As the Senate debate continues over the Federal Aviation Administration reauthorization bill, the question of Essential Air Service remains up in the air. The service, which provides government subsidies for air carriers providing regular air service to rural American communities, is the target of an amendment proposed by Sen. John McCain (R-Ariz.) that would cut the $212 million program from the FAA's budget.
Alaska Sens. Lisa Murkowski and Mark Begich both addressed the proposed amendment on the Senate floor this morning, and both made a strong case for the necessity of EAS in Alaska. Both senators used a map of Alaska circulating right now that shows the state's road system, and Begich imposed Alaska over the contiguous U.S. for size comparison.
The map has become the flag being waved by aviation proponents across Alaska, illustrating the lack of roads and the vastness of the state. Murkowski underscored this illustration by mentioning that Alaska, for all its size, has 11,000 miles of roads, and 80 percent of Alaskan communities aren't connected to that road system. California, by comparison, has 2.3 million miles of roads.
Of the 44 Alaska communities that could be affected by the EAS repeal, 38 are not connected by roads, Murkowski said. And those communities that are connected, like McCarthy, have roads either unmaintained in the winter months or that are two-lane gravel affairs.
"Alaska is different," Murkowski said, "and when we're talking about the Essential Air Service, I repeat, Alaska is different."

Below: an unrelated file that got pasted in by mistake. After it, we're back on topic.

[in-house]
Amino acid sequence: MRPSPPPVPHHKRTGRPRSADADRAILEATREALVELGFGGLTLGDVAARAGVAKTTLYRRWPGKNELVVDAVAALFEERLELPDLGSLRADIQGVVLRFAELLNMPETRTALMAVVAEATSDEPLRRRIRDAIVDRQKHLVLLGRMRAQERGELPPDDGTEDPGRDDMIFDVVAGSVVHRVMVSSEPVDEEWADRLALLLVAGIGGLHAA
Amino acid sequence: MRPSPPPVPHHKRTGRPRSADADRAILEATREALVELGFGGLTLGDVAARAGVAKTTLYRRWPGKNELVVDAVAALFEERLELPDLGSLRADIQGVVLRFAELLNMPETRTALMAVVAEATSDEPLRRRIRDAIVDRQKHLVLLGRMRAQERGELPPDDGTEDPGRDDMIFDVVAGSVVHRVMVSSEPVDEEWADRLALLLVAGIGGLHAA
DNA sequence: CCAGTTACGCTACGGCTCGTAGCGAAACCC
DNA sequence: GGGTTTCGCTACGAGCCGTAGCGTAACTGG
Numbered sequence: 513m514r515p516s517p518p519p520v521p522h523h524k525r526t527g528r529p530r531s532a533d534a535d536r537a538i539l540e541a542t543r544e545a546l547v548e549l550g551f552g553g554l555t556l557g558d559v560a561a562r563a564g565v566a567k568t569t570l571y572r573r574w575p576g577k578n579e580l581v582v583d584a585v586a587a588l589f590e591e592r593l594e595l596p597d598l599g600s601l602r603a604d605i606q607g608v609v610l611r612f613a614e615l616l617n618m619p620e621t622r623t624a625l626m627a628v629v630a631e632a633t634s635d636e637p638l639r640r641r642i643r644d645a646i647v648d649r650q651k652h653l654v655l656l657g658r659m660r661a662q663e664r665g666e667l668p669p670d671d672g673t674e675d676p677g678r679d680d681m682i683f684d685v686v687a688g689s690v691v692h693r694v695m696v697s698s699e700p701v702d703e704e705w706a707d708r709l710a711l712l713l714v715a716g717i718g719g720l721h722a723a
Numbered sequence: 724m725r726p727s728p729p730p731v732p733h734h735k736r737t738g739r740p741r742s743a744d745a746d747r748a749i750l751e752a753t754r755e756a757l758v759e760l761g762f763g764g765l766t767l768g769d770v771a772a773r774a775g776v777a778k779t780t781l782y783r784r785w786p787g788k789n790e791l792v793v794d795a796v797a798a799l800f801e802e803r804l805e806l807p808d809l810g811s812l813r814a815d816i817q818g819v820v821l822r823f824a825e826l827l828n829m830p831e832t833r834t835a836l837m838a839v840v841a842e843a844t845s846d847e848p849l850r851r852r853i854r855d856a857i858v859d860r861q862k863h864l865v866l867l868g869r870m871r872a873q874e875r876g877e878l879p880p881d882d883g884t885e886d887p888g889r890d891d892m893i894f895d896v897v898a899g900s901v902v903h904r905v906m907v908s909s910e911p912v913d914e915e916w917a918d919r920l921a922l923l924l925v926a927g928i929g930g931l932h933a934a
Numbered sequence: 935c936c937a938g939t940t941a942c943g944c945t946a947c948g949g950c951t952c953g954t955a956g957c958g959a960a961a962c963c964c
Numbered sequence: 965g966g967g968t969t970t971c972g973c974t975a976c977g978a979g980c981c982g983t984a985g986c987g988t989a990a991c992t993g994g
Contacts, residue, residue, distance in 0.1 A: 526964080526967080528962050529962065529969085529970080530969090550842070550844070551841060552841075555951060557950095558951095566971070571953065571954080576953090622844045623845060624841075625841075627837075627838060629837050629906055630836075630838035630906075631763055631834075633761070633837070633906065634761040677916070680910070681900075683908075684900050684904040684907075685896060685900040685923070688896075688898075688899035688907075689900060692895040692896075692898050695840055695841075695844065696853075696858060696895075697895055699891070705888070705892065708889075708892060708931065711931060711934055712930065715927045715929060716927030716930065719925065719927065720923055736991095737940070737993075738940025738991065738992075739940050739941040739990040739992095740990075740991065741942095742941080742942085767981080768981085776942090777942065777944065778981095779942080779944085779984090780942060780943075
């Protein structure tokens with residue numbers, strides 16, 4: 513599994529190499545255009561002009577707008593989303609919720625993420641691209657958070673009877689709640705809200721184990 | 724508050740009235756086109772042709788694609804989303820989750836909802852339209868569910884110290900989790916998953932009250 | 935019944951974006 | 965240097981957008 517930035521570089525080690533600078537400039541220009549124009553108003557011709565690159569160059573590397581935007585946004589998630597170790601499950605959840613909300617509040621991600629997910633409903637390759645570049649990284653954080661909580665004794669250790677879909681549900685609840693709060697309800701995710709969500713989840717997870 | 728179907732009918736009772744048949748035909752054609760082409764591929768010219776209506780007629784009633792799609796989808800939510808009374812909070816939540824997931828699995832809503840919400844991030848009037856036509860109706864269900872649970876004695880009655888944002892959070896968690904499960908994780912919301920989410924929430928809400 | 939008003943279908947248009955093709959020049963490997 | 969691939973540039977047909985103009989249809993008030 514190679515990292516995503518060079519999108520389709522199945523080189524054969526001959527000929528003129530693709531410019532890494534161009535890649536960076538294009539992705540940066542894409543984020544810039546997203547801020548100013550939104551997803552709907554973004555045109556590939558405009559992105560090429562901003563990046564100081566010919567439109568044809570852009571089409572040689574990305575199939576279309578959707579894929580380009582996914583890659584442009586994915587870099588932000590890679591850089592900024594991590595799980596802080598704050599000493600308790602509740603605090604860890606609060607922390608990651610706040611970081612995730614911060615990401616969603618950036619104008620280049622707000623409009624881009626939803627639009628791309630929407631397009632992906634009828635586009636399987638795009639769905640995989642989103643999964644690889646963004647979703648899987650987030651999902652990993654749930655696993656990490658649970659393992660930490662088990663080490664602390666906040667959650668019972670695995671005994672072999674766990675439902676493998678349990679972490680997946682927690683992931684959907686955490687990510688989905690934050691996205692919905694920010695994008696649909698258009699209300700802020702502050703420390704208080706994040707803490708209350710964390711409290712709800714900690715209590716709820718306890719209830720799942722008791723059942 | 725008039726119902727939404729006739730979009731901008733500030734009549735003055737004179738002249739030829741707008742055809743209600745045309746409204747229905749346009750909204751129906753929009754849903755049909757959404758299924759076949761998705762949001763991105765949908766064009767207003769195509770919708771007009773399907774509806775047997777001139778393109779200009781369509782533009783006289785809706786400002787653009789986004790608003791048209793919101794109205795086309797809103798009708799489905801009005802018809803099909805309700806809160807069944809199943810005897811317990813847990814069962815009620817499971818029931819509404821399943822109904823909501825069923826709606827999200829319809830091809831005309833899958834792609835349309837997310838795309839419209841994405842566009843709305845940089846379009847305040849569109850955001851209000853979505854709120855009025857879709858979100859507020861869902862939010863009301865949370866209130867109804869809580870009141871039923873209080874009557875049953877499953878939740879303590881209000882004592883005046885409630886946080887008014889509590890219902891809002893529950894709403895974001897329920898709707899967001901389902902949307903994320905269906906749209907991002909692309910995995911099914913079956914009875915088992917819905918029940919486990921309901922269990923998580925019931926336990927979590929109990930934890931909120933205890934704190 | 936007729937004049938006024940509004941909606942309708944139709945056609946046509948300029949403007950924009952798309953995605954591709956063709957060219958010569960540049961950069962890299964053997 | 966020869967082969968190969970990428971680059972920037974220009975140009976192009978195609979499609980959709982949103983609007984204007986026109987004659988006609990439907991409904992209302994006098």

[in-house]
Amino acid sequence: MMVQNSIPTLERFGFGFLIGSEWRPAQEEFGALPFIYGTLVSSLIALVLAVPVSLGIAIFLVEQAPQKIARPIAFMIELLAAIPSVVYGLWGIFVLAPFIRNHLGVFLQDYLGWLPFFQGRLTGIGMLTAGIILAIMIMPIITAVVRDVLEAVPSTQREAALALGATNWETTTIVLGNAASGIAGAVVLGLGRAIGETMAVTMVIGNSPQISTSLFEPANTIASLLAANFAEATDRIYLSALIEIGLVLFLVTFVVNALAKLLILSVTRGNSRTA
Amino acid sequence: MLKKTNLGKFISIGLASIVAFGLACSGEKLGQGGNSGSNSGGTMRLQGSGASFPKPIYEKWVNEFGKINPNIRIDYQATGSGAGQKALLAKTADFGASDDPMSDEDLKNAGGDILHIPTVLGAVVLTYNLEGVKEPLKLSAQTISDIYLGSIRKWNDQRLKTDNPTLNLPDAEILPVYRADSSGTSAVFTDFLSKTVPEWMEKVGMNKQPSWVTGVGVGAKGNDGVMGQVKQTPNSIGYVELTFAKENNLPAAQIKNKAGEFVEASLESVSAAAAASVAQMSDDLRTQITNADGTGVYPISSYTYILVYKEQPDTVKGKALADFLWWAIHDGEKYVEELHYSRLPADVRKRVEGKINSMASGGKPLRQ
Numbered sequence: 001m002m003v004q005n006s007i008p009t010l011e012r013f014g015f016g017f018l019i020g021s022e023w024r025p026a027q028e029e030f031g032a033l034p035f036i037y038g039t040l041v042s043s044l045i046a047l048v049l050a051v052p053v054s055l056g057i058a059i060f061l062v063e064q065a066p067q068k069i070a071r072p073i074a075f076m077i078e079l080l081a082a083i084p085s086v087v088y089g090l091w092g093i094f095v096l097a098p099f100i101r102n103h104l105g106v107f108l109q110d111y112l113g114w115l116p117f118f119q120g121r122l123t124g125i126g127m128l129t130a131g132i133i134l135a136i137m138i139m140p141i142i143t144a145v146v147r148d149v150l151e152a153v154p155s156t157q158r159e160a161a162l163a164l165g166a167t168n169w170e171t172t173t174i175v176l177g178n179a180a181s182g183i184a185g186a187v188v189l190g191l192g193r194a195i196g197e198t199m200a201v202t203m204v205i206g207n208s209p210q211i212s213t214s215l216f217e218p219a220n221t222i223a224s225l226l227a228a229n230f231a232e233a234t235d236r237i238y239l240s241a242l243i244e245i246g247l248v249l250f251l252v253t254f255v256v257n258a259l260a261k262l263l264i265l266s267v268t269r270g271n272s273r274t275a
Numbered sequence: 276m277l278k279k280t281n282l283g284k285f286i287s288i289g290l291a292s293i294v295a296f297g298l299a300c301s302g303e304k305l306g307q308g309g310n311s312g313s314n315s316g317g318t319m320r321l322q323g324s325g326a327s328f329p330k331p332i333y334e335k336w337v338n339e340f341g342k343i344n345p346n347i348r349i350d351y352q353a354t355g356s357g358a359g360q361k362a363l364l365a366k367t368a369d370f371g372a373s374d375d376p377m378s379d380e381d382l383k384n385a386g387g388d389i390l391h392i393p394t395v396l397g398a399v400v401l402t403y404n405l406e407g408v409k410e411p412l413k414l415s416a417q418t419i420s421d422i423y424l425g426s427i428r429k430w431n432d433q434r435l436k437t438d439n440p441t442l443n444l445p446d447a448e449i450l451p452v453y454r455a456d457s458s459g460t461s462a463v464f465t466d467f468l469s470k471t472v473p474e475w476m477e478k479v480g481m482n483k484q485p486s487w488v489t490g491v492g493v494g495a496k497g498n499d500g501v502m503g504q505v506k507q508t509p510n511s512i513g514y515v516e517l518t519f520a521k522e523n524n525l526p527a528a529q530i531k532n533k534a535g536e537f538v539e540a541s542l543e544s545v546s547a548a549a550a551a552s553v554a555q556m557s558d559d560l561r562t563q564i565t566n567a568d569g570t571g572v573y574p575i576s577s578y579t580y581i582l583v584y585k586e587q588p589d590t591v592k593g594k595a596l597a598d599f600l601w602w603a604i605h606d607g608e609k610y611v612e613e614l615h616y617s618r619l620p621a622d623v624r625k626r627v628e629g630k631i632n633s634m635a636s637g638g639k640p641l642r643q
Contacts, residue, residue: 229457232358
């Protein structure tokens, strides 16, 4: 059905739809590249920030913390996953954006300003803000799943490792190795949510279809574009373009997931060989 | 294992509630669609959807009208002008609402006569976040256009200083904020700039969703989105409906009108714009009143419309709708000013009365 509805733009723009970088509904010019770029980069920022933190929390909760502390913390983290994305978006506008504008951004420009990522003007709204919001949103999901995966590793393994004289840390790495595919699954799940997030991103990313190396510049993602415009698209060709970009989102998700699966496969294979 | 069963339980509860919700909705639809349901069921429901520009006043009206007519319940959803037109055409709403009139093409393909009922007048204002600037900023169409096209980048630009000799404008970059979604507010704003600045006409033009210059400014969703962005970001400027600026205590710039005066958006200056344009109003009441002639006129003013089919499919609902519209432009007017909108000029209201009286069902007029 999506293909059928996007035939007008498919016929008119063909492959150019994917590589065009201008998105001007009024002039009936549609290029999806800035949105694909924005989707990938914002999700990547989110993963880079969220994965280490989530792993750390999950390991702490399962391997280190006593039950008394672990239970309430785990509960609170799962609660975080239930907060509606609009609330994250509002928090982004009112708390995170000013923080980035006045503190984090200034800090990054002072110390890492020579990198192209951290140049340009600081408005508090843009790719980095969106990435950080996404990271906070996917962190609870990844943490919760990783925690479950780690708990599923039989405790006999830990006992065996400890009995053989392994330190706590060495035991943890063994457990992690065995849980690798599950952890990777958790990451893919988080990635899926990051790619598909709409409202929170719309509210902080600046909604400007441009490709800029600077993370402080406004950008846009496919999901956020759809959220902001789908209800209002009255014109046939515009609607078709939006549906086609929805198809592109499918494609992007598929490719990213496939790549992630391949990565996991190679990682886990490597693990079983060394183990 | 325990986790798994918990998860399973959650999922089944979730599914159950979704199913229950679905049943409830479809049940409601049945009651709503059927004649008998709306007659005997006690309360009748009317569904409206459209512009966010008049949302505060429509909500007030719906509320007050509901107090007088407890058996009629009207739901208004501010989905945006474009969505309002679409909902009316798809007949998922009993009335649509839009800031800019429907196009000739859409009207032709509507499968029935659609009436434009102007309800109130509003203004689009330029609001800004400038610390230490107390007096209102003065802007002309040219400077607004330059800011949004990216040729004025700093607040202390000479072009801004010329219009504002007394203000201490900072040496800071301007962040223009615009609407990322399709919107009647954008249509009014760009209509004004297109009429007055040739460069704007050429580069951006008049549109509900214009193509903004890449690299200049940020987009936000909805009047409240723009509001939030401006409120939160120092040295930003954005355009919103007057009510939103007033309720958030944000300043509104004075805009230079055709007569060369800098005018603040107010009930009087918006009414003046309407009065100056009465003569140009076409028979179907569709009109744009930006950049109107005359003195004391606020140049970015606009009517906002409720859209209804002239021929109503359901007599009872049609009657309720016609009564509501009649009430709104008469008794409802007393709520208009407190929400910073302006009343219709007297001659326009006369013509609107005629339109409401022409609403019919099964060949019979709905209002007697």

Murkowski and Begich both mentioned that where most citizens in the US can get in a car and drive to a hospital, that simply isn't an option for many rural Alaskans. "(Air service) is not a luxury, (it) is a necessity," Murkowski said.
Both senators read from letters from their constituents, from individual rural residents to the owner of PenAir. All the letters discussed the reliance of citizens and businesses on the government subsidies provided by the program. Begich addressed the possible loss of employment and a spike in the cost of goods in rural communities.
"If you eliminate the EAS program, it is going to drive these prices even higher in the state of Alaska," he said. He said that McCain's example of rural residents bypassing flights from rural communities and driving in their cars to larger, hub airports doesn't apply to Alaska. Begich pointed out that Adak is not connected by road to Anchorage, which is 1,200 miles away. This would be the equivalent of driving from Los Angeles to Houston, Texas, according to Begich.
Neither of the senators raised points that haven't been brought up before, rather focusing on the many unique features that make Alaska different when it comes to EAS. "Alaska has six times more pilots and 16 times more planes" than any other state, Begich said. Whether the speeches will have any effect when the bill and amendments are put up for a vote remains to be seen, but they underscored for the rest of the Senate the necessity of the program within Alaska.